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Thank you for this article, it is enlightened and informative. As a hypnobirthing teacher in UK,we need to get this message across to care providers and stop women being emotionally violated.
Thank you for this... we have issues like this in the US, as well. I've been the victim of, and witnessed obstetric violence to varying degrees in my work as a birth doula. The system is flawed, and women are paying the price. I hope our generation can fuel change!
Care in our obstetric units today are fuled by litigation. At the end of the labour all the doctors want is a mum and baby pair that are alive and fairly intact. It is not change that takes time but resistence to change. If we truly want change then it has to come from all corners. Everyone has to seek it out and it will be doable. This post is brilliant in that is makes our clients and care providers think about change. Well done.
hi lizzi, I am a prenatal-postnatal-mama/baby yoga teacher. I am also an R.N. formerly working in L&D, as well as NICU and Well-Baby nursery. (I am familiar with the violence you speak of) I want to share with you a segment from a letter that I encouraged one of my yoga students to write after she birthed her baby. It was her 3rd time around in my class and the only mantras she ever heard from me is "all women are powerful" "your body is design capable of birthing your baby" "your ancestral memory is encoded in your DNA and you have access to that wisdom." Here is a segment of the letter that she sent to the hospital (Upon my insistence).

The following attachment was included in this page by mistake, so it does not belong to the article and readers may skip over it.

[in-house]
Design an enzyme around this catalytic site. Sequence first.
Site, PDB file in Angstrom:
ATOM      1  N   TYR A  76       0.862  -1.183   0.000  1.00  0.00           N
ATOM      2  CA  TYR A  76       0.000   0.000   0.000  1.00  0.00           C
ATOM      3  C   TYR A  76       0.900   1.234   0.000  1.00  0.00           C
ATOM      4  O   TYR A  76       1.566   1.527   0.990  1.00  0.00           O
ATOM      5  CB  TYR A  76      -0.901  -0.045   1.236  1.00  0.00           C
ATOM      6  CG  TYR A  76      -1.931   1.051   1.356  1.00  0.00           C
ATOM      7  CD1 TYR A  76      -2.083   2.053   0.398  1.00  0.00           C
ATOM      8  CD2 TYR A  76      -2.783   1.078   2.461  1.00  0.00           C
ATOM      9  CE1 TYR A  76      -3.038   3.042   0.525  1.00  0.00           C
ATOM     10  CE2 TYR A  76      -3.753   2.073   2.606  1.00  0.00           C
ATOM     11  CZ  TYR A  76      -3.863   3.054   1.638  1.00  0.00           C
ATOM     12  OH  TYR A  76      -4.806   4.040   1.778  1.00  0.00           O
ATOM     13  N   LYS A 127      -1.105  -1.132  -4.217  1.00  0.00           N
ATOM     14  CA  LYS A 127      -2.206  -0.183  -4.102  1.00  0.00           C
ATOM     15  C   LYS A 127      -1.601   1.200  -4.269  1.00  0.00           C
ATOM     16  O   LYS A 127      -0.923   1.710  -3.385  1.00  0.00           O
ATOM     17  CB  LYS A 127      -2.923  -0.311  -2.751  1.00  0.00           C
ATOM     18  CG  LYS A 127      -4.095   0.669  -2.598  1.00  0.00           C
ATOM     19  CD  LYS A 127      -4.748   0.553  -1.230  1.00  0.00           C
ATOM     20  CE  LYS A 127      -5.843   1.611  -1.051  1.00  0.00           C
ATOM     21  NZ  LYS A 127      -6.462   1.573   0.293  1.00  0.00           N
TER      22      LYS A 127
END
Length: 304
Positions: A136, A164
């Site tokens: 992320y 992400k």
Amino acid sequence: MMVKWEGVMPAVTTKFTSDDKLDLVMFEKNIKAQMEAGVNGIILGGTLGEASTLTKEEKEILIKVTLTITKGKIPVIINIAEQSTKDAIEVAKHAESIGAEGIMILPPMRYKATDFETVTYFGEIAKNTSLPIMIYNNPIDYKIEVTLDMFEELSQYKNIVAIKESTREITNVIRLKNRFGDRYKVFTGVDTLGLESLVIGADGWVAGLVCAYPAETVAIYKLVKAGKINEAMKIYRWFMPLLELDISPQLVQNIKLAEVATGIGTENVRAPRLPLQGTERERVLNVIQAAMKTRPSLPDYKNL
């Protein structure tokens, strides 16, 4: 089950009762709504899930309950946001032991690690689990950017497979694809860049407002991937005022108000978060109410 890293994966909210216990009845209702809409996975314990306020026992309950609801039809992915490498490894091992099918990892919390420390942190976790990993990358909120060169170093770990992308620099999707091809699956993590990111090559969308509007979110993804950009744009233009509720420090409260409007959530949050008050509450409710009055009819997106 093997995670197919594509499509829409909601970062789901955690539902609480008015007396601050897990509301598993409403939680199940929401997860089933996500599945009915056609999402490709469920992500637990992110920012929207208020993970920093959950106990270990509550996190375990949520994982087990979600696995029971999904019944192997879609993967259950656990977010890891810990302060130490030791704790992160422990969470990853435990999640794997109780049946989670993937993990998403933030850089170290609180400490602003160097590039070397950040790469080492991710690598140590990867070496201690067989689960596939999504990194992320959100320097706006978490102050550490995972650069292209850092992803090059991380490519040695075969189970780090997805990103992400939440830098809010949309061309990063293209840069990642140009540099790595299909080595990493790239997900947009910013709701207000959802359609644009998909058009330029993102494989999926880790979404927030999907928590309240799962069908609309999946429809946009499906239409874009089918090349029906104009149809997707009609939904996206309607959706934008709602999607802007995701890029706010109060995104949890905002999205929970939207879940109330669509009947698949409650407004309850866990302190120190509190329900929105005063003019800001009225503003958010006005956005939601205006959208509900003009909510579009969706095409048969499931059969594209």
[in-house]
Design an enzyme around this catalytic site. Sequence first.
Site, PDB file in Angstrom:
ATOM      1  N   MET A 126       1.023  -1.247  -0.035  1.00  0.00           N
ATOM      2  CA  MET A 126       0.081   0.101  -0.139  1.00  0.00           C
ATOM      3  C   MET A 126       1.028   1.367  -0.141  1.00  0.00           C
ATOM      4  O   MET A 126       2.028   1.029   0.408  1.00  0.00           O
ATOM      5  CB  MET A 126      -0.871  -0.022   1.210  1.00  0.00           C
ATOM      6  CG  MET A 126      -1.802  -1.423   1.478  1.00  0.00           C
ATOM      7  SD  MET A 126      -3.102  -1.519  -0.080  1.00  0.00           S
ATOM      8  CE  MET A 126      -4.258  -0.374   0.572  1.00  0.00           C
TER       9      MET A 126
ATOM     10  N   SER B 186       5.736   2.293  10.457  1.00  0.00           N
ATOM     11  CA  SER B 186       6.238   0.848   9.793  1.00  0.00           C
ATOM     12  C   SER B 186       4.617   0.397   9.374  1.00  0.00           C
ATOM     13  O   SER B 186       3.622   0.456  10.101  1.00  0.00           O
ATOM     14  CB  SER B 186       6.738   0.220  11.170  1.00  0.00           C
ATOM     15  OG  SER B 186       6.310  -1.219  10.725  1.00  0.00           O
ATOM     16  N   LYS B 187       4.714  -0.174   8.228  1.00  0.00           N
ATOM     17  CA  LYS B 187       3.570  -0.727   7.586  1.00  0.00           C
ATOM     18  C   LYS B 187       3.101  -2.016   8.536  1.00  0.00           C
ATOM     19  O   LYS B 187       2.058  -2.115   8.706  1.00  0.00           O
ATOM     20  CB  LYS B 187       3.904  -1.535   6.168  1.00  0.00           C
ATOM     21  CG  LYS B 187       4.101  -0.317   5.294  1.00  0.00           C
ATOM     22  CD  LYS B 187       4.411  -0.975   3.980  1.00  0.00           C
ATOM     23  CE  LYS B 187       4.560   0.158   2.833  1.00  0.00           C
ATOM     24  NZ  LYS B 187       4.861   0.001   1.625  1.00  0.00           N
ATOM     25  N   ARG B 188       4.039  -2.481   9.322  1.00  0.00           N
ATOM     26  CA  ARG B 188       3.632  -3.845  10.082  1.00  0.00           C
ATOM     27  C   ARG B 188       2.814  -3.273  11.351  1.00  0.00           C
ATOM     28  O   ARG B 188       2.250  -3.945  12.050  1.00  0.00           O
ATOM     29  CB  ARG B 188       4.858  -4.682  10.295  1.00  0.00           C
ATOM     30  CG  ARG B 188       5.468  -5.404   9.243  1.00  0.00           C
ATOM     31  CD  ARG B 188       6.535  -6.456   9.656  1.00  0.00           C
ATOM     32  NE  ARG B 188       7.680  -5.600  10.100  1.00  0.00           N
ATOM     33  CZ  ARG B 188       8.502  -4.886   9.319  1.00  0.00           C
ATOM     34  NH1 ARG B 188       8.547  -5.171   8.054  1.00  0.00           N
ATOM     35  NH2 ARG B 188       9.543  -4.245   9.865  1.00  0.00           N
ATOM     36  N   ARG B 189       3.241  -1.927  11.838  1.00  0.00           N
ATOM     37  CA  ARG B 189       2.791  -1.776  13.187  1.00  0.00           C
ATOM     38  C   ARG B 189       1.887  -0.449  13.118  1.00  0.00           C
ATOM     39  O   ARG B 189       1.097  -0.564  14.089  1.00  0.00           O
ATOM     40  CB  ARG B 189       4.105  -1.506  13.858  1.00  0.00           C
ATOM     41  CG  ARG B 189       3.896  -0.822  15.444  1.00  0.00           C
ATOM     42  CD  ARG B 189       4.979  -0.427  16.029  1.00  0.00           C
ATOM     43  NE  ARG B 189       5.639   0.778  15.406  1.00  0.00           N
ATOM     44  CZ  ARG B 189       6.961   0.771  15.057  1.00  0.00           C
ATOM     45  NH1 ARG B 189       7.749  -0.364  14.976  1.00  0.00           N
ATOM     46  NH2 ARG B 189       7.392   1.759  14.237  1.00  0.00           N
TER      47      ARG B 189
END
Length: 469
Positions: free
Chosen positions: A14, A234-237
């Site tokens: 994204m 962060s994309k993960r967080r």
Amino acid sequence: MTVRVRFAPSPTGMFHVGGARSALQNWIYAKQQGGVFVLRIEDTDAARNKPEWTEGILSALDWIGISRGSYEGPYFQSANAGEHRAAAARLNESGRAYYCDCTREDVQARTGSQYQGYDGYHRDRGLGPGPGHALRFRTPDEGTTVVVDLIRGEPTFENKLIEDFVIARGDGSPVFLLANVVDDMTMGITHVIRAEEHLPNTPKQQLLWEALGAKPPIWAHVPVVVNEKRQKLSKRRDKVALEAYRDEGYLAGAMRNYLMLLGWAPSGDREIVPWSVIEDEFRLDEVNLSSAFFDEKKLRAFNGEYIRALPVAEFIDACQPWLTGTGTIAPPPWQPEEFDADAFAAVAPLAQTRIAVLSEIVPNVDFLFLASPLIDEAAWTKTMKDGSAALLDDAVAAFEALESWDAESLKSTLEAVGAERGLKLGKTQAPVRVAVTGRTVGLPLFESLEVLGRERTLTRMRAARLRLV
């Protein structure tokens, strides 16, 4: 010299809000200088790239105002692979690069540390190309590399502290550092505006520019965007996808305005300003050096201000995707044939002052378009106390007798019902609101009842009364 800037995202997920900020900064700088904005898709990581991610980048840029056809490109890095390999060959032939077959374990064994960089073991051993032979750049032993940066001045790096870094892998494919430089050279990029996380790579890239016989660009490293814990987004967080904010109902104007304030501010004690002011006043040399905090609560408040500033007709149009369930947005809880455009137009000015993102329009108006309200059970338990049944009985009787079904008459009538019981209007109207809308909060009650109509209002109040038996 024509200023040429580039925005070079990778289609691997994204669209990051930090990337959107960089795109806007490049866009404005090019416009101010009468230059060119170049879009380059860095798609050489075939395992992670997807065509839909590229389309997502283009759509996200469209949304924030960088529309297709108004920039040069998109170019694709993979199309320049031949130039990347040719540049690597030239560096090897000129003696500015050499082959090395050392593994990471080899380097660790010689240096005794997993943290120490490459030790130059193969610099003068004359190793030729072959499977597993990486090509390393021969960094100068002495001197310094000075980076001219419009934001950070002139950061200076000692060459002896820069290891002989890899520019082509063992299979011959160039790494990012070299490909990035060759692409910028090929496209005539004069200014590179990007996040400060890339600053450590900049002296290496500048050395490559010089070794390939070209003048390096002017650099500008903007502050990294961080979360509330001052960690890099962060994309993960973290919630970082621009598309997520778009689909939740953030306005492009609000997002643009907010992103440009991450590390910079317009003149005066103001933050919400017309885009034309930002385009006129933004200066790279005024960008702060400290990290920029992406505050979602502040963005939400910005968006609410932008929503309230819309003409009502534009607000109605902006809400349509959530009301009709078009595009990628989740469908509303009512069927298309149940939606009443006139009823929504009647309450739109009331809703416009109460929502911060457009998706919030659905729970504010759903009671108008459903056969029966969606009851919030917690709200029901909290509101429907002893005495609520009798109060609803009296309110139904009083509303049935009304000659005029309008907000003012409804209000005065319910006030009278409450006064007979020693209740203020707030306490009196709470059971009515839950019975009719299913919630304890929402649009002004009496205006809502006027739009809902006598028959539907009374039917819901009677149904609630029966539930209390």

At no point during the birth of my natural footling vaginal delivery did I accept I needed a Caesarean. Not when a foot popped out of my vagina during a contraction in triage. Not when I was being wheeled into the Operating Room. Not when a dozen doctors and nurses were of singular mind to give me general anesthesia and surgically remove my baby within the next five minutes. I worked hard on the tiny Operating Room table to stall – giving them a pep talk about how we were doing a vaginal breech delivery today - and allow the hospital staff time to align with the eventuality that my baby was coming into this world vaginally and perfectly. Alone, naked, and grossly outnumbered by faceless doctors, nurses, and anesthesiologists, I pushed out a healthy 8lb, 3oz baby boy. I pulled from the wisdom available to me and everybody in that bright, cold room. I became my birth-self, singular in purpose like every other laboring ancestor of mine before me, and we did it."

I cannot say my experience is my recommendation for others, only that I was able to tap into my instincts and they guided me and my baby through his birth. He is healthy and happy and my little sweetheart, hitting every milestone and showing me the worries imposed upon me by the medical staff during and immediately after his birth are baseless.

Thank you again for connecting with me. I do hope my experience may help other mothers trust their instincts and advance the medically trained "professionals" to broaden their idea of care and skills in assisting with births.